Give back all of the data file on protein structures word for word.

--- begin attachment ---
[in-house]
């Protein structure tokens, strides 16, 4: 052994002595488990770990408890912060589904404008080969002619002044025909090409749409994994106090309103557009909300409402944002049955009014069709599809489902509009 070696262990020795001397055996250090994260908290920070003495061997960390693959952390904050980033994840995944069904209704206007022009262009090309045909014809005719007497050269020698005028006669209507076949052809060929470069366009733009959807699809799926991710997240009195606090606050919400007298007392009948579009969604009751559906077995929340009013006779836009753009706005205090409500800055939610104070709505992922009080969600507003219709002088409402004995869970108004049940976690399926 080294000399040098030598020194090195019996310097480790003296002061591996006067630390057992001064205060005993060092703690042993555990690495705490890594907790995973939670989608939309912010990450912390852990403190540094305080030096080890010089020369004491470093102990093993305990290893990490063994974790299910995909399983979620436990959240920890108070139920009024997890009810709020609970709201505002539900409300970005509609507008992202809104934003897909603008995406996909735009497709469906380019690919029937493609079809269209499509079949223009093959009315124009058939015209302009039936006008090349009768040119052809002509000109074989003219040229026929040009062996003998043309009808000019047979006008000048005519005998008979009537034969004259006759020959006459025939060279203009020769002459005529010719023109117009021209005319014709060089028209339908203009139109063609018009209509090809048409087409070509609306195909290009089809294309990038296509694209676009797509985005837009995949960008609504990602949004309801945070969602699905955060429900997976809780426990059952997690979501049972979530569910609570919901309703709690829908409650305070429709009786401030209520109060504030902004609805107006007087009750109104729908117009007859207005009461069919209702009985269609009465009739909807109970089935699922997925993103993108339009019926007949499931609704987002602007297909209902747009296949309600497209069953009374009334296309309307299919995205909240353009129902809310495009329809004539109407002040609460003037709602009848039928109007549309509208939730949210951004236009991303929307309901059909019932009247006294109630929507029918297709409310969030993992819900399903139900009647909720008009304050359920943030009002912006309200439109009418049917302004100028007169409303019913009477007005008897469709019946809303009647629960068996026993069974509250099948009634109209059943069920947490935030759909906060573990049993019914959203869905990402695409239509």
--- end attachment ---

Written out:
[in-house]
């Protein structure tokens, strides 16, 4: 052994002595488990770990408890912060589904404008080969002619002044025909090409749409994994106090309103557009909300409402944002049955009014069709599809489902509009 070696262990020795001397055996250090994260908290920070003495061997960390693959952390904050980033994840995944069904209704206007022009262009090309045909014809005719007497050269020698005028006669209507076949052809060929470069366009733009959807699809799926991710997240009195606090606050919400007298007392009948579009969604009751559906077995929340009013006779836009753009706005205090409500800055939610104070709505992922009080969600507003219709002088409402004995869970108004049940976690399926 080294000399040098030598020194090195019996310097480790003296002061591996006067630390057992001064205060005993060092703690042993555990690495705490890594907790995973939670989608939309912010990450912390852990403190540094305080030096080890010089020369004491470093102990093993305990290893990490063994974790299910995909399983979620436990959240920890108070139920009024997890009810709020609970709201505002539900409300970005509609507008992202809104934003897909603008995406996909735009497709469906380019690919029937493609079809269209499509079949223009093959009315124009058939015209302009039936006008090349009768040119052809002509000109074989003219040229026929040009062996003998043309009808000019047979006008000048005519005998008979009537034969004259006759020959006459025939060279203009020769002459005529010719023109117009021209005319014709060089028209339908203009139109063609018009209509090809048409087409070509609306195909290009089809294309990038296509694209676009797509985005837009995949960008609504990602949004309801945070969602699905955060429900997976809780426990059952997690979501049972979530569910609570919901309703709690829908409650305070429709009786401030209520109060504030902004609805107006007087009750109104729908117009007859207005009461069919209702009985269609009465009739909807109970089935699922997925993103993108339009019926007949499931609704987002602007297909209902747009296949309600497209069953009374009334296309309307299919995205909240353009129902809310495009329809004539109407002040609460003037709602009848039928109007549309509208939730949210951004236009991303929307309901059909019932009247006294109630929507029918297709409310969030993992819900399903139900009647909720008009304050359920943030009002912006309200439109009418049917302004100028007169409303019913009477007005008897469709019946809303009647629960068996026993069974509250099948009634109209059943069920947490935030759909906060573990049993019914959203869905990402695409239509």